I have been mining BTC in hashflare for about 13 months. I have already received 50 times my initial investment of small 100$ to 5000$, giving the fact that I did not reinvest and the BTC prices have risen tremendously.
I have again started mining with hash flare and I am quite sure that since the price of BTC is expected to rise to 50k - 100k in 2018, my initial investment of 600$ this time will give me close to 10k-20k$ with the investment strategy I have chosen.
If you like to join BTC mining with a minimal investment and get returns in thousands of $s then you can join via my affiliate link http://bit.ly/2maXzM0 (small commission without effecting your investment) and I will give you my tips to grow your money exponentially.
What is HashFlare?
HashFlare is a department of HashCoins, a company that develops software for cloud mining and maintains equipment in datacenters.
Hashflare provides cloud mining contracts to the buyers for 365 days. The mining starts immediately after the purchase and the output can be seen after 24hrs.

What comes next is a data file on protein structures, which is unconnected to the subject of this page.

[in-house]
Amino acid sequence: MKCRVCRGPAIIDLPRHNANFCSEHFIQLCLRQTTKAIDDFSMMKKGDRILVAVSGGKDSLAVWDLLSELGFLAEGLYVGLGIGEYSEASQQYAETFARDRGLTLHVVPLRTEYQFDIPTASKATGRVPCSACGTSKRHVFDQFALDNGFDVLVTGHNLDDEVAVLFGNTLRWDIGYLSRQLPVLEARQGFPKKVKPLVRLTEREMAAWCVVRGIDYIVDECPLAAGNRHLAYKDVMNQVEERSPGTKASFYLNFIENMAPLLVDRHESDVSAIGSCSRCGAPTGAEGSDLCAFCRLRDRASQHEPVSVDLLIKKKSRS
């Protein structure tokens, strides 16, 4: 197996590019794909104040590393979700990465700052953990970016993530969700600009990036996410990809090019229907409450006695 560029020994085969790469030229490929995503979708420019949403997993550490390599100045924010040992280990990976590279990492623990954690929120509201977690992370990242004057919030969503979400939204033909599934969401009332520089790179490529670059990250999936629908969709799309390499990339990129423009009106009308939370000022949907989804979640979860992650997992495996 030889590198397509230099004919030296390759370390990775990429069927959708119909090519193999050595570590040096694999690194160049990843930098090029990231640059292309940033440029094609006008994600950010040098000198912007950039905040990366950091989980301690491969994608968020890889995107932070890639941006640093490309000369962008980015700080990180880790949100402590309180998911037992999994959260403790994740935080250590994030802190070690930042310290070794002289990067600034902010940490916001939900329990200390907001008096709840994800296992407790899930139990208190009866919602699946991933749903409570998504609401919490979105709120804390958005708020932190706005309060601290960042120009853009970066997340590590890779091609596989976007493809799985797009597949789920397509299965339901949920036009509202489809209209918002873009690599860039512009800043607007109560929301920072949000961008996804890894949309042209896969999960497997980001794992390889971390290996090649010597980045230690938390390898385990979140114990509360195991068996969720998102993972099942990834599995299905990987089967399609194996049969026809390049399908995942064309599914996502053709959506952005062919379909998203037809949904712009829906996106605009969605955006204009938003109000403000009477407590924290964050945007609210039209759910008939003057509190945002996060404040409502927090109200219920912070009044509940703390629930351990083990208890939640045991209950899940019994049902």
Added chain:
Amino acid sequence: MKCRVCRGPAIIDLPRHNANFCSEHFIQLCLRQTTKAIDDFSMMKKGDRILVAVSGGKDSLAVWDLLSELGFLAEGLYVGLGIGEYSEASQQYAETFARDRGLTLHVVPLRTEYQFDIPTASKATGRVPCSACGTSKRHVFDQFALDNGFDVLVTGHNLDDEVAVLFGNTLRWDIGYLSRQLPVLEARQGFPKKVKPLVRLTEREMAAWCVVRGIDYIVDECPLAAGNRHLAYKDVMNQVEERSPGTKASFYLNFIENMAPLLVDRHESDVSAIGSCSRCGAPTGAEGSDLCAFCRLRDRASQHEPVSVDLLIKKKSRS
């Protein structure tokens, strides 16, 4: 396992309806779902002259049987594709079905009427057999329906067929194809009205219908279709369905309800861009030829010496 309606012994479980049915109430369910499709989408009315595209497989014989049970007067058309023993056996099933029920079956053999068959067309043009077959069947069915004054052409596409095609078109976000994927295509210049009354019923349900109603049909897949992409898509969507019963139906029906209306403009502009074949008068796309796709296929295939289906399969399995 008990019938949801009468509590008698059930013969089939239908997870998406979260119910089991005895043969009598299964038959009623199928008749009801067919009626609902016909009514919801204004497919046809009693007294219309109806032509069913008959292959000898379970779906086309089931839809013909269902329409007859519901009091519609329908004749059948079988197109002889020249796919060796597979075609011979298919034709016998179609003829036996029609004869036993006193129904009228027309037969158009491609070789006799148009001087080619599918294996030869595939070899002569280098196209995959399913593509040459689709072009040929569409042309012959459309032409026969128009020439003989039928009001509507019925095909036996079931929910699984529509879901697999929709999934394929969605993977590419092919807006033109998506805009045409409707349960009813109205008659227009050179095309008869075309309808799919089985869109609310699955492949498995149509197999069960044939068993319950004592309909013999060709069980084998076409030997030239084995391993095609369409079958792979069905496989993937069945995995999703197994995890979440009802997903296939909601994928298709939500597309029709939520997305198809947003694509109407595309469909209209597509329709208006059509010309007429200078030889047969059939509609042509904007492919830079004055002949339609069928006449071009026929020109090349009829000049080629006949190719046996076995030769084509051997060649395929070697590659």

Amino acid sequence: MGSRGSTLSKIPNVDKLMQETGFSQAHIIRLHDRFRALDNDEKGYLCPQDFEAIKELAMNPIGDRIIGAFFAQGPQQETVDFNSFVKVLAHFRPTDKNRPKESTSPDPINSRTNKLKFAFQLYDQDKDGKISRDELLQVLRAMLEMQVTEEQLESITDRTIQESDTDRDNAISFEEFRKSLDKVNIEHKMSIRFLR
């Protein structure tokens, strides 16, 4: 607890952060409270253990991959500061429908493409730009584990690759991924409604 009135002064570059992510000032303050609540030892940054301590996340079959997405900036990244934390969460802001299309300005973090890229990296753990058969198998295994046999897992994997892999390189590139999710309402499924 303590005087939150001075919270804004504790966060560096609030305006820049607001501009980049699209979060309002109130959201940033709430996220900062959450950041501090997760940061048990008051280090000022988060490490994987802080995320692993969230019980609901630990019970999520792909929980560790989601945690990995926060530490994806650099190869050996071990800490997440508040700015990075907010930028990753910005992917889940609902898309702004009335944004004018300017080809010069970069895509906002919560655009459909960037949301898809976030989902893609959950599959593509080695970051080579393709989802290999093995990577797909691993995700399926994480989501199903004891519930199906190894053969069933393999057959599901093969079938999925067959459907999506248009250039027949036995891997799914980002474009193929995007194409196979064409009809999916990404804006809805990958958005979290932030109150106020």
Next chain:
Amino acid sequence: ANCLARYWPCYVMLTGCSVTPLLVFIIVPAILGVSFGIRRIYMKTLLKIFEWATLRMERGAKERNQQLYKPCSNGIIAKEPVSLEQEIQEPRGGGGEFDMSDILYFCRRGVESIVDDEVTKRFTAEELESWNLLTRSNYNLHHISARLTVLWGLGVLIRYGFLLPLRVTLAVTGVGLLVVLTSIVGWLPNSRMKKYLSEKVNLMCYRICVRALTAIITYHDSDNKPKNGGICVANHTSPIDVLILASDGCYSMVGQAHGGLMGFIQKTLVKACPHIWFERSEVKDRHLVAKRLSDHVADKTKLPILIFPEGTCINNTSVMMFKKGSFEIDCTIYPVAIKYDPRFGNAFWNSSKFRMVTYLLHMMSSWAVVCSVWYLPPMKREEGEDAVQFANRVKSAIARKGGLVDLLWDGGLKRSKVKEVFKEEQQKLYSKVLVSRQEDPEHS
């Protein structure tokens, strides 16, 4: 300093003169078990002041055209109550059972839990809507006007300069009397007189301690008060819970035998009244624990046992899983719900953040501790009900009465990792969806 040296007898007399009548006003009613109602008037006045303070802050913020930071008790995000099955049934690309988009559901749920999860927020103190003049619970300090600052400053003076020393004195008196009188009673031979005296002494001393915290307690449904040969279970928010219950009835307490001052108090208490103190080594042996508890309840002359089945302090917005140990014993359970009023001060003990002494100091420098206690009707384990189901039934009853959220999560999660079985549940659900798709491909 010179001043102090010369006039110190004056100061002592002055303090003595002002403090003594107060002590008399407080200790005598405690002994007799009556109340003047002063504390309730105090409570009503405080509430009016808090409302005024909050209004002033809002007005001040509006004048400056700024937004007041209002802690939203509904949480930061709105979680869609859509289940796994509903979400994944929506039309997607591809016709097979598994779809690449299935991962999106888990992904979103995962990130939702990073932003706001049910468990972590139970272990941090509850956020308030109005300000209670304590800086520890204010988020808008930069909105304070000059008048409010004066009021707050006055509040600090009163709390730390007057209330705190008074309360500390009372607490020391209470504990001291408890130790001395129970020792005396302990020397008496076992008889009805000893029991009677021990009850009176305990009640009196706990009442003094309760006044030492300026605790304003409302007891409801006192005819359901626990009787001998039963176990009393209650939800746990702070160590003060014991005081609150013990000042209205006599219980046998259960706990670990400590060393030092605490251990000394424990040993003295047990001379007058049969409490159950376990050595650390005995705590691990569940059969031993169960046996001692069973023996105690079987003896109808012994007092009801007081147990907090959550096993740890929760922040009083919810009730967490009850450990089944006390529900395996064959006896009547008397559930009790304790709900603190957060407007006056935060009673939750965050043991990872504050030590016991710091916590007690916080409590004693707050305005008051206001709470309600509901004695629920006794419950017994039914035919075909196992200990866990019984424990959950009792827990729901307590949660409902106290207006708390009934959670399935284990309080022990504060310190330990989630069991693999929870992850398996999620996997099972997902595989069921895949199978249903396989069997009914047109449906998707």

What all cryptocurrencies can I mine with Hashflare service?
HashFlare provides cloud mining on the following algorithms:
SHA-256, which is used to mine Bitcoins;
Scrypt, which is used to mine Litecoins*;
ETHASH, which is used to mine Ethereum;
X11, which is used to mine DASH.
*payouts are provided in BTC using the current exchange rate taken from cryprocurrency market.
MY PERSONAL OPINION - AS PER THE CURRENT MINING TRENDS AND PROFITABILITY, IT IS ADVISABLE TO MINE BTC.
How long does the contract last?
SHA-256 and SCRYPT contracts last 1 year(365 days) and are subject to maintenance and electricity fees (MEF).
ETHASH, EQUIHASH and DASH contracts last for 1 year (365 days) and are not subject to any fees.
How to calculate estimated profit using hashrate?
Profit is calculated via the deduction of expensesfrom income.
The income consists of daily payouts which size depends on the hashrate. In order to calculate an estimated income using the hashrate you will need to include it in one of the calculators below (set all Power values to zero):
1. Bitcoin - for SHA-256
2. Litecoin - for Scrypt
3. Ethereum - for ETHASH (set all Power values to zero)
4. DASH - for X11 (set all Power values to zero)
5. Zcash - for EQUIHASH (set all Power values to zero)
Next, deduct the maintenance + electricity fee of 0.0035 USD per 10 GH/s of SHA-256 and 0.005 USD per 1 MH/s of Scrypt from the income. ETHASH, X11 and EQUIHASH contracts are not subject to any fees.